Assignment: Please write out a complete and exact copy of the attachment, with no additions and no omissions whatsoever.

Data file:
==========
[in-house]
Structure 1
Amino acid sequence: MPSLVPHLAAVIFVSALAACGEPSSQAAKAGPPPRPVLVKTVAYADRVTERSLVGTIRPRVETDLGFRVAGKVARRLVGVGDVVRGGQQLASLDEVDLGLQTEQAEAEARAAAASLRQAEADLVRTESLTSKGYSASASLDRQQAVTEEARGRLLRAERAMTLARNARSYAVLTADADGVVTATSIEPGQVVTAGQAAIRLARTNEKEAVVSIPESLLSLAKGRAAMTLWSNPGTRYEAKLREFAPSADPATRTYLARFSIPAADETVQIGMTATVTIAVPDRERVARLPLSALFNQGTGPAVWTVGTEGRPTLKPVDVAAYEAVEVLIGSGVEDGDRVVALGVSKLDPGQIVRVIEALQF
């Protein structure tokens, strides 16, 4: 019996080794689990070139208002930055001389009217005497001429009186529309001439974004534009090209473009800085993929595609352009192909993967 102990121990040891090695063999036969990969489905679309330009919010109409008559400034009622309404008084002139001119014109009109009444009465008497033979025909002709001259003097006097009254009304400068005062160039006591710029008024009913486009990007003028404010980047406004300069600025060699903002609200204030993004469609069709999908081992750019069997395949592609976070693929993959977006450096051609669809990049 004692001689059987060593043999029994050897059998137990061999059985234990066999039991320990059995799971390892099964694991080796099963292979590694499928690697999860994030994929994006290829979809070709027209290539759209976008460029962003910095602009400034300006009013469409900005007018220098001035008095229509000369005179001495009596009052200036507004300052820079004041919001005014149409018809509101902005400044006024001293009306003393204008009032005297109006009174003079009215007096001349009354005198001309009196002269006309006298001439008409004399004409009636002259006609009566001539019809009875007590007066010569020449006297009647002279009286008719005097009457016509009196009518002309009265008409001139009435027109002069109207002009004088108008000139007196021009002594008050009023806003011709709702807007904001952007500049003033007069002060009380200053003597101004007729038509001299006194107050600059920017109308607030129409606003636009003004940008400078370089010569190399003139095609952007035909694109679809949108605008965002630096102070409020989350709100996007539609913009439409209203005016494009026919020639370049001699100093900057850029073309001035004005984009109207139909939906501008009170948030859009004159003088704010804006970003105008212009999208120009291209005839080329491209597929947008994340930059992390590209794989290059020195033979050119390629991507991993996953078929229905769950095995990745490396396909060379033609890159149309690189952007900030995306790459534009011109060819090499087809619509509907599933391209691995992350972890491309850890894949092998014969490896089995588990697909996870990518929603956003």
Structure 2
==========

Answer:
[in-house]
Structure 1
Amino acid sequence: MPSLVPHLAAVIFVSALAACGEPSSQAAKAGPPPRPVLVKTVAYADRVTERSLVGTIRPRVETDLGFRVAGKVARRLVGVGDVVRGGQQLASLDEVDLGLQTEQAEAEARAAAASLRQAEADLVRTESLTSKGYSASASLDRQQAVTEEARGRLLRAERAMTLARNARSYAVLTADADGVVTATSIEPGQVVTAGQAAIRLARTNEKEAVVSIPESLLSLAKGRAAMTLWSNPGTRYEAKLREFAPSADPATRTYLARFSIPAADETVQIGMTATVTIAVPDRERVARLPLSALFNQGTGPAVWTVGTEGRPTLKPVDVAAYEAVEVLIGSGVEDGDRVVALGVSKLDPGQIVRVIEALQF
């Protein structure tokens, strides 16, 4: 019996080794689990070139208002930055001389009217005497001429009186529309001439974004534009090209473009800085993929595609352009192909993967 102990121990040891090695063999036969990969489905679309330009919010109409008559400034009622309404008084002139001119014109009109009444009465008497033979025909002709001259003097006097009254009304400068005062160039006591710029008024009913486009990007003028404010980047406004300069600025060699903002609200204030993004469609069709999908081992750019069997395949592609976070693929993959977006450096051609669809990049 004692001689059987060593043999029994050897059998137990061999059985234990066999039991320990059995799971390892099964694991080796099963292979590694499928690697999860994030994929994006290829979809070709027209290539759209976008460029962003910095602009400034300006009013469409900005007018220098001035008095229509000369005179001495009596009052200036507004300052820079004041919001005014149409018809509101902005400044006024001293009306003393204008009032005297109006009174003079009215007096001349009354005198001309009196002269006309006298001439008409004399004409009636002259006609009566001539019809009875007590007066010569020449006297009647002279009286008719005097009457016509009196009518002309009265008409001139009435027109002069109207002009004088108008000139007196021009002594008050009023806003011709709702807007904001952007500049003033007069002060009380200053003597101004007729038509001299006194107050600059920017109308607030129409606003636009003004940008400078370089010569190399003139095609952007035909694109679809949108605008965002630096102070409020989350709100996007539609913009439409209203005016494009026919020639370049001699100093900057850029073309001035004005984009109207139909939906501008009170948030859009004159003088704010804006970003105008212009999208120009291209005839080329491209597929947008994340930059992390590209794989290059020195033979050119390629991507991993996953078929229905769950095995990745490396396909060379033609890159149309690189952007900030995306790459534009011109060819090499087809619509509907599933391209691995992350972890491309850890894949092998014969490896089995588990697909996870990518929603956003």
Structure 2